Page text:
Kendall County Board members voted to eliminate special stipends for two committee leaders Tuesday but gave future office-holders a small raise.
The board members voted, 5-3, to increase the $85 per diem to $90 in December 2016 and to $95 in December 2020. Per diem is the pay county board members receive for each day they attend county board meetings, county board committee meetings, or meetings of organizations to which they have been appointed.
Per diem pay – which county board members receive on top of health benefits, a $200 monthly salary and mileage reimbursement – lately.
Finance Committee Chair Anne Vickery is reviewing her colleagues’ pay vouchers from December 2010 through February 2012 after alleging a political opponent, County Board member Dan Koukol, was improperly paid for 49 meetings. Koukol, who chairs the board’s Economic Development Committee, has said County Board Chairman John Purcell for attending economic development functions.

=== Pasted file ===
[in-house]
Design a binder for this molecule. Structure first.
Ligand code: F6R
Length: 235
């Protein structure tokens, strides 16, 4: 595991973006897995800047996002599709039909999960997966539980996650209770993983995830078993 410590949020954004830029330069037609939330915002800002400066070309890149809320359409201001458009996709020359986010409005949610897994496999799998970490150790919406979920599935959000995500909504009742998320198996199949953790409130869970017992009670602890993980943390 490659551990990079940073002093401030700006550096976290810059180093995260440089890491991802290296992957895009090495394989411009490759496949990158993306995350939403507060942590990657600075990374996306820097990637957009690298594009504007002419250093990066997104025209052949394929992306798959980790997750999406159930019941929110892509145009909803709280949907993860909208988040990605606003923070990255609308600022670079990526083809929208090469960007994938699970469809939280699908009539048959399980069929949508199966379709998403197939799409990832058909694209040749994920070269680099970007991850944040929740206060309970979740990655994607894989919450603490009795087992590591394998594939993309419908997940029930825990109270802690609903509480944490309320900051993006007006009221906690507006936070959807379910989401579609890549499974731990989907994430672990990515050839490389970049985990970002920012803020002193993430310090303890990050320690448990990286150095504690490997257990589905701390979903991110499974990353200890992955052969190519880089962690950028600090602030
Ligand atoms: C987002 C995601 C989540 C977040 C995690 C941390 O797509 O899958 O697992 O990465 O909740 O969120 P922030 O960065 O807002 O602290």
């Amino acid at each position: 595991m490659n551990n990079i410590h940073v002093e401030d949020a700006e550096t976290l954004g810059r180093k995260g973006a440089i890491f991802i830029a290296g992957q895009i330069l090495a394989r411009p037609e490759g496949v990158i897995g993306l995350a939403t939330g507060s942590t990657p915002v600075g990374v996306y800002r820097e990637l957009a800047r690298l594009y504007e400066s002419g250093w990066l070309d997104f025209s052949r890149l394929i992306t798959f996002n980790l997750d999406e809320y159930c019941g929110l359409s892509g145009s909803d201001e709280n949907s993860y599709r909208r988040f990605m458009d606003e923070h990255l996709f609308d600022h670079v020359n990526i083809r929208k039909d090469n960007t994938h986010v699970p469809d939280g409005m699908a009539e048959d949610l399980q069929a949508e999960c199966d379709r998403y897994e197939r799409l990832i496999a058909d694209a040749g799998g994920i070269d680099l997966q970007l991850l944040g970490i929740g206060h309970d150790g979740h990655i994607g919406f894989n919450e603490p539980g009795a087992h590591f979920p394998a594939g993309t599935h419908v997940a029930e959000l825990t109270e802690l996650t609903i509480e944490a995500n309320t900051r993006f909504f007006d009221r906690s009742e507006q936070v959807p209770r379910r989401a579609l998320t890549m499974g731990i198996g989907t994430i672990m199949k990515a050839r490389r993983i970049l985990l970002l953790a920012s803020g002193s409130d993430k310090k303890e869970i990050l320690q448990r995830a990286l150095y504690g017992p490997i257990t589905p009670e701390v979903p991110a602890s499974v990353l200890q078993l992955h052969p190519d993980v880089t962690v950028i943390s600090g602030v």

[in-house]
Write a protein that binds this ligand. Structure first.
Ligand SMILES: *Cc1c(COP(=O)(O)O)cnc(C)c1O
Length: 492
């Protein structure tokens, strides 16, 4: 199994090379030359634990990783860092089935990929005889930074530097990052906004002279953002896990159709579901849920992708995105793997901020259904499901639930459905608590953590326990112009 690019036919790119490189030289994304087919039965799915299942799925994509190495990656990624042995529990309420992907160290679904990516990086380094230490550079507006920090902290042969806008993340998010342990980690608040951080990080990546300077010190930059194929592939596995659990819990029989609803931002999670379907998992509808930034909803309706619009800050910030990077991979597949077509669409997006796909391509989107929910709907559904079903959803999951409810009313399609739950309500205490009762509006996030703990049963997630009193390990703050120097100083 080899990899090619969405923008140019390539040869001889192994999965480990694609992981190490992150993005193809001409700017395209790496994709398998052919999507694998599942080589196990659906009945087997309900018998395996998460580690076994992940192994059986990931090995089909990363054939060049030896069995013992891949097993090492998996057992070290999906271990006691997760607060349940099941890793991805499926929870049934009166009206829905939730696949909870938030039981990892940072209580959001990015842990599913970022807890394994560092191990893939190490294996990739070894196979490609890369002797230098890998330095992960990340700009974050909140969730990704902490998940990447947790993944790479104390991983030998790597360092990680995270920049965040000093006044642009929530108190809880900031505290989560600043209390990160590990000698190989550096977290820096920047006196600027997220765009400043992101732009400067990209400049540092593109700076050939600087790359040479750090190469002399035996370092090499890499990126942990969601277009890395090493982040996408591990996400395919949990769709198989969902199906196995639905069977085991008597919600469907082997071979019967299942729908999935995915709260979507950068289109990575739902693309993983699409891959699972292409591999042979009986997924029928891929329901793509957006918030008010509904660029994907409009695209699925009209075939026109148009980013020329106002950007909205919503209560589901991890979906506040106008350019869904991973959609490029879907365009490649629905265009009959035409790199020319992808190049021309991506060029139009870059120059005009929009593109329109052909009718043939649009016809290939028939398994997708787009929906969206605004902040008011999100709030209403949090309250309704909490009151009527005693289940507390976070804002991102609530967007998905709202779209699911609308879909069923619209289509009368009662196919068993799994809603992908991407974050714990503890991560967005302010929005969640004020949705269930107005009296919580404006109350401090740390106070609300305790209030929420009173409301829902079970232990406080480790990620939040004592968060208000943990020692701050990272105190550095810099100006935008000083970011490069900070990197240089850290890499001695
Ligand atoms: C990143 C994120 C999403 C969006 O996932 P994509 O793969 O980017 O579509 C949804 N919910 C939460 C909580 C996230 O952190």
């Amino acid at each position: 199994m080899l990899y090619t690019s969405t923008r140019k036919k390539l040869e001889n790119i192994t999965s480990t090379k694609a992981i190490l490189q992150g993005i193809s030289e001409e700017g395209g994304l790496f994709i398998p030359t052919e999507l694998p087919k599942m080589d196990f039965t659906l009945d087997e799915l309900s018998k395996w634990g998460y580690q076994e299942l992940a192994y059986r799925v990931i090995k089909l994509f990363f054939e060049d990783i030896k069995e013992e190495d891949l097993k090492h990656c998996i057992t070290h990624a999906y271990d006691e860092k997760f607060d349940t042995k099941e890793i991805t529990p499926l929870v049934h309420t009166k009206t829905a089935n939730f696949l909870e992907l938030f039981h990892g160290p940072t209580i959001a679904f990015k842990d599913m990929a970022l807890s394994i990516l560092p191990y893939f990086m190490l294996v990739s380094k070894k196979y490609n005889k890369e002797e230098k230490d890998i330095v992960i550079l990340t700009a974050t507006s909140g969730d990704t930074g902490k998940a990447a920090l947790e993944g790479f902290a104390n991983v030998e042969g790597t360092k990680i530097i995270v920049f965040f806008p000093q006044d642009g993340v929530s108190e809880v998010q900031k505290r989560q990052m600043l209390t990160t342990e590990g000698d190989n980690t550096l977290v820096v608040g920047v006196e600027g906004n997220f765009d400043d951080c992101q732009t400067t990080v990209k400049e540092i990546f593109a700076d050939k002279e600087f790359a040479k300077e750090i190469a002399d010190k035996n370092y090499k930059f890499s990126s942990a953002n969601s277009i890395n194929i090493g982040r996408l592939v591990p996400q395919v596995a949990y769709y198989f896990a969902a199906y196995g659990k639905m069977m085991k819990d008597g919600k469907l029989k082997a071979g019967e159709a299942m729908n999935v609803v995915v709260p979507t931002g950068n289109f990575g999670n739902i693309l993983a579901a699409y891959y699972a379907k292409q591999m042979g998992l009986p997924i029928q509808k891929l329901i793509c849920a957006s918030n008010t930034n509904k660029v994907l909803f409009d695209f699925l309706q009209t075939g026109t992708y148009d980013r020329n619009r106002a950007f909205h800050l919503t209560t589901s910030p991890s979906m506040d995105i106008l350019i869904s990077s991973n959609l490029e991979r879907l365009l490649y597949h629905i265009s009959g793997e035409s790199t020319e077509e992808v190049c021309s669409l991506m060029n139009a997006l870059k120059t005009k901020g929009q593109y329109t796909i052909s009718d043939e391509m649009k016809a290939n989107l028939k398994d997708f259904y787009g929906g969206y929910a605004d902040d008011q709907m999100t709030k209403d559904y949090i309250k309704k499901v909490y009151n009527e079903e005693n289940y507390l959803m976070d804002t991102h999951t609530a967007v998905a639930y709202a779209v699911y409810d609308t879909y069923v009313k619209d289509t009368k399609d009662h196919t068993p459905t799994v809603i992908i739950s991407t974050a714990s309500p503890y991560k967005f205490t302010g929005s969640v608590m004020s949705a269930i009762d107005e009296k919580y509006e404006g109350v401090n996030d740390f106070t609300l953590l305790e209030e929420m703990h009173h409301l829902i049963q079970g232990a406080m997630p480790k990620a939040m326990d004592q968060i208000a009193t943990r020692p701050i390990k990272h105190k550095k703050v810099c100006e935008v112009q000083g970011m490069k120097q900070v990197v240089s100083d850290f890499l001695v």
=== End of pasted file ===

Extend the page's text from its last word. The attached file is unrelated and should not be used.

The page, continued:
County board members didn't take any action on their own health insurance at their meeting Tuesday morning.
“All those discussions are going to keep going,” Vickery said.
Vickery listed off the county’s cost for providing that insurance this fiscal year. Vickery said medical benefits cost $87,734 for eight board members; her calculations included $12,914 for John Purcell, whose family is covered by his wife, Jackie, who works for the county coroner’s office.
The cost, per official, for other board members are:H.D. "Bob" Davidson $16,560 Jeff Wehrli $14,123 Anne Vickery $9,359 Jessie Hafenrichter $9,044 Dan Koukol $9,044 Suzanne Petrella $9,044 Elizabeth Flowers $7,647 Total $74,821
The county board members voted, 6-2, to eliminate the $3,000 annual stipend for the chairmen of the Finance Committee and the Planning, Building and Zoning Committee in December. Voting against it were Koukol and Purcell. Board members Suzanne Petrella and John Shaw were absent.
When it came to increasing the per diem pay, Nancy Martin, Wehrli and Flowers voted against the raises.
Both those changes will have to be incorporated into the Board Rules of Order by a 2/3-majority vote, State’s Attorney Eric Weis said.